October 04 2021

Why Everyone Needs to Become Better Communicators

Daily business operations typically depend on verbal interactions, emails, phone calls, or some other form of communication. Effective communication can be a major factor in receiving a promotion, agreeing a deal with a new client, or pitching an idea to business executives.

What is Effective Business Communication?

It is the process of two or more people sharing information that sends a clear message, and it is received, as intended. When it is used at work, this form of communication can significantly increase the company's success. It may be hard to believe, but companies with as little as 100 employees, spend, on average, around 17 hours a week clarifying previous communication, which, when translated into dollar signs, equals, approximately $525,000.

Why is Effective Business Communication important?

In an era where we are all bombarded by emails, notifications and social media noise, it is easy for business professionals to misunderstand what exactly effective communication really is. Messages can be sent and indeed may even bounce around conference rooms and inboxes, but do we understand if our messages are truly effective? Understanding how to measure effectiveness can help business leaders create efficient and productive communication.

Many of us spend eight hours or more a day working, which means the majority of our daily communication happen during office hours.

Not knowing to what degree the communication we use at work is helping or hampering us, makes it even harder to assess how well we are doing in achieving our goals and the goals of the business.

How we talk, write, or listen, affects our job performance, promotion status, and even our chances of a pay increase. Understanding and using effective communication, is essential to becoming a better employer and employee.

Tips for developing Effective Business Communication skills

Remember that 93% of communication is non-verbal. When answering questions, giving a presentation, or communicating in general, keep in mind your non-verbal cues and communication. Be sure that your posture, gestures, facial expressions, and other non-verbal cues are conveying a message that is consistent with your verbal one. If you don’t appear to believe the message you are delivering, your audience will have a hard time believing it too.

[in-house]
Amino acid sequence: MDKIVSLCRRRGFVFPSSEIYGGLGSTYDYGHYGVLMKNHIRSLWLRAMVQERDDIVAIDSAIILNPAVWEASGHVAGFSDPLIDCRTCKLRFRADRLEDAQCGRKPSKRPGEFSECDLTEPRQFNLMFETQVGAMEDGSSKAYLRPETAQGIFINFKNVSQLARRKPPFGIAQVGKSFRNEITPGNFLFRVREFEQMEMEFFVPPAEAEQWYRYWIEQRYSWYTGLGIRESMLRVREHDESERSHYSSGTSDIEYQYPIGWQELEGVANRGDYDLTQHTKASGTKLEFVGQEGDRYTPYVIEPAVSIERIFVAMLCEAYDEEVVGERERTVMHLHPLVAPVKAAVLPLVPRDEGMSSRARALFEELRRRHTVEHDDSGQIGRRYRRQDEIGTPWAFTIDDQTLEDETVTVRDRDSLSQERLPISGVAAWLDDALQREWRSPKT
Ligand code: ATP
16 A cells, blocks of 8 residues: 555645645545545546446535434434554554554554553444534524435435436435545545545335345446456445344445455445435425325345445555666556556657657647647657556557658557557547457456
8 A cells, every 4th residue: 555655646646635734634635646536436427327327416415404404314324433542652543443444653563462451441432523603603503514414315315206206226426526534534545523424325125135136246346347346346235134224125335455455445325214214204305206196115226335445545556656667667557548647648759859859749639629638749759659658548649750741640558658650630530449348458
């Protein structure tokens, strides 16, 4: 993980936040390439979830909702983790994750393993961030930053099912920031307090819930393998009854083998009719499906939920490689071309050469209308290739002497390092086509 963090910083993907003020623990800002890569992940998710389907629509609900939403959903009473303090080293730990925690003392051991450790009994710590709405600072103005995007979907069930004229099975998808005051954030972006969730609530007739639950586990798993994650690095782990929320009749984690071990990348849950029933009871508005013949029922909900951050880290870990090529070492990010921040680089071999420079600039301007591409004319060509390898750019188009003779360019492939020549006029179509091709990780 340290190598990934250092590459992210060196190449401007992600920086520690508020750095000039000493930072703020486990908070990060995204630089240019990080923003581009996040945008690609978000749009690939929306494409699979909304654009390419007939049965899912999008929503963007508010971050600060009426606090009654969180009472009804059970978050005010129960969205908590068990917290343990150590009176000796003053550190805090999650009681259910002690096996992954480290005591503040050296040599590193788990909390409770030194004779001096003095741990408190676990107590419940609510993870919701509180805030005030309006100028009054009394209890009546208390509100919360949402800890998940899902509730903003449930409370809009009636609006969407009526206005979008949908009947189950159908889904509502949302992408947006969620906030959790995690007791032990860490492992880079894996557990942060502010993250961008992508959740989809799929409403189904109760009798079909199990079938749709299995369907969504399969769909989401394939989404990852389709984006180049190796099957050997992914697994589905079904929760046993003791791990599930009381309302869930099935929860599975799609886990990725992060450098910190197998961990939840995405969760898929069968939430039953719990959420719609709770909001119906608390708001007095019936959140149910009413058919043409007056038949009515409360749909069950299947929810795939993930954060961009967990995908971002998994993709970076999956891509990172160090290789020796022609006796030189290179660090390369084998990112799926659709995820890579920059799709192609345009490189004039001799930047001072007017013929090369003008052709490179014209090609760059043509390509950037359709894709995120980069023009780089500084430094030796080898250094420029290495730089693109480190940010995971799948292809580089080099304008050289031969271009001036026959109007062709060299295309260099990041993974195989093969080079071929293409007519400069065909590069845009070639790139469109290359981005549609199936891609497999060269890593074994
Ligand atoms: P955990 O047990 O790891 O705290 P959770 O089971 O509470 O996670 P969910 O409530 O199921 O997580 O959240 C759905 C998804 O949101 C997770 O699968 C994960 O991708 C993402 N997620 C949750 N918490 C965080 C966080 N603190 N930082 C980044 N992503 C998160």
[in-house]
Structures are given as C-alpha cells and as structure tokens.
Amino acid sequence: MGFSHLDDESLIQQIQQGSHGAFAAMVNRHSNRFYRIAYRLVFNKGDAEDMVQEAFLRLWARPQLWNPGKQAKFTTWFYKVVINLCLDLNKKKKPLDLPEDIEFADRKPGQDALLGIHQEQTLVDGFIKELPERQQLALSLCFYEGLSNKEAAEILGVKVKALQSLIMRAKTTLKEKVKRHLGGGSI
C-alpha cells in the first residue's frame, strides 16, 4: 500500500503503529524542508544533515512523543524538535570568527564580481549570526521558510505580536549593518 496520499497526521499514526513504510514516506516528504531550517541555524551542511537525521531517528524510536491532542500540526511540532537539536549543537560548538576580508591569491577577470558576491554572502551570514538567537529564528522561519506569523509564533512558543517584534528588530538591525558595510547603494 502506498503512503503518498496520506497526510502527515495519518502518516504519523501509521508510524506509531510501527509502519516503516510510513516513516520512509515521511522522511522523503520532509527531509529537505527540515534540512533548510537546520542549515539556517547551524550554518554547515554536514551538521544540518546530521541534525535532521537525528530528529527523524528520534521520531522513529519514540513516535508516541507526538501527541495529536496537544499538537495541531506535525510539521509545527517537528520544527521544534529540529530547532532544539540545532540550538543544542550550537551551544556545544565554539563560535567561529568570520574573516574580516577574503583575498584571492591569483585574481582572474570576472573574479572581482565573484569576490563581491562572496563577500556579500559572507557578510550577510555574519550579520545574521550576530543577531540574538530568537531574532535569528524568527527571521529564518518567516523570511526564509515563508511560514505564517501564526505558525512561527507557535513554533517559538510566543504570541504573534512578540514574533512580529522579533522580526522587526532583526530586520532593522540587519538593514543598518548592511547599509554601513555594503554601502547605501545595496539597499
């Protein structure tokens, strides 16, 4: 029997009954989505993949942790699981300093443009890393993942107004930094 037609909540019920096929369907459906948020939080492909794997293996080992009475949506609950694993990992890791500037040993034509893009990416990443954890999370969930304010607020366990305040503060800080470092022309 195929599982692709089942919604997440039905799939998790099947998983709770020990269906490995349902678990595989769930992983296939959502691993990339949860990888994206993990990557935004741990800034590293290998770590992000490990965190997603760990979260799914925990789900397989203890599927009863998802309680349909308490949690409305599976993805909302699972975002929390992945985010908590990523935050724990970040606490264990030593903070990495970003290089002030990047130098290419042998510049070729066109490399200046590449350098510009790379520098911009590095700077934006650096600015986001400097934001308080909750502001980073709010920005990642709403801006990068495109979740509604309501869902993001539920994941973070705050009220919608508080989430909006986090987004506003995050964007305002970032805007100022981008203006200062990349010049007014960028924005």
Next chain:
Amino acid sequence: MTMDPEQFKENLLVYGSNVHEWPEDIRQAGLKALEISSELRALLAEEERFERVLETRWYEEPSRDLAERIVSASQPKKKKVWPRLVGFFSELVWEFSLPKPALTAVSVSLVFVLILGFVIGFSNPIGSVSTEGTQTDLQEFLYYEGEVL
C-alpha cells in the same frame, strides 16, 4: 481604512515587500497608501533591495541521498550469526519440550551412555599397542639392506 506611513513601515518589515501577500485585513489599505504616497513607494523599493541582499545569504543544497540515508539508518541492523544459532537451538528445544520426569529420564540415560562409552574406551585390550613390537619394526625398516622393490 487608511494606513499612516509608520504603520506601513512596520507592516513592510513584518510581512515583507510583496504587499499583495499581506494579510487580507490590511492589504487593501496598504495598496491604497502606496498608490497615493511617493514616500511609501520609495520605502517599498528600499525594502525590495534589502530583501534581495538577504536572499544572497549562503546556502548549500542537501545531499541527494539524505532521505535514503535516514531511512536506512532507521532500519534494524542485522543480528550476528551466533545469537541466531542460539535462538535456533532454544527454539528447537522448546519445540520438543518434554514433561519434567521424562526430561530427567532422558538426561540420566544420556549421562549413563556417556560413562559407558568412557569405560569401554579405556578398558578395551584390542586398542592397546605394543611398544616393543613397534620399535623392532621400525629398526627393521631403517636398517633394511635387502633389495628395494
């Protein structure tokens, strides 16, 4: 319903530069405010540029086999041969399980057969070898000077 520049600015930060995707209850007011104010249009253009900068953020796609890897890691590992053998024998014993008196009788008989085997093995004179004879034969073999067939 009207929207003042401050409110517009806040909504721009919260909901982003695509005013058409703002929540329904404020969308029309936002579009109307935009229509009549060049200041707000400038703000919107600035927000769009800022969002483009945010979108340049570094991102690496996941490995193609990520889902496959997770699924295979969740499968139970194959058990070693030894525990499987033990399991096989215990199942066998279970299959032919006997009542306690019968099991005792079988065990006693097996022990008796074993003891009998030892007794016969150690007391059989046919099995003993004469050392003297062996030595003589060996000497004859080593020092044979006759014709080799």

Completeness. Make sure the communication you share and send to others is complete. Include all of the facts required by the audience. Be as precise possible with the words you use to express your intended message.

Correctness. Double check what you have composed to ensure there are no grammar or spelling errors. If using charts, graphs, or statistics to add depth to your communication, ensure the information is accurate. Your communication needs to be understandable.

Conciseness. Make your message concise and not, too “wordy.” Short, familiar words are usually a better choice than long, unfamiliar ones. Simple writing is easier for your audience to read and understand.

Clarity. To ensure your message is crystal clear, it is advisable to share only one specific piece of information at a time, to help reduce the opportunities for confusion. Use suitable words, ones that best describe what you are attempting to say, share, ask, or, request.

Take care of yourself. Do go to bed and wake up at the same time every day if possible. I know this might seem impossible if you have children!  If you can’t go to bed and wake up at the same time every day, at least avoid the wake up at 5 a.m., get no sleep, and work harder than everyone philosophy. It doesn't work. If you're going to be good at communication, you have to be physically and mentality prepared. The human body needs sleep and relaxation. So find new times to take it. Embrace afternoon power naps when possible; i.e. nap for 40 mins is just enough time to rest without falling into a deep sleep so you will feel refreshed when you get up.

Don’t feel disheartened if these suggestions seem like a lot to remember. As with any changes in habits, mastering skills requires time, experience, practice and patience. First, identify which of these skills are your weakest, and then create a plan on how to improve these communication skills to work smarter and more effectively. Good luck!

  • Previous
    An L&D Revolution [Thanks to COVID]
  • Next
    How to overcome the language barrier when working with international employees, suppliers, and partners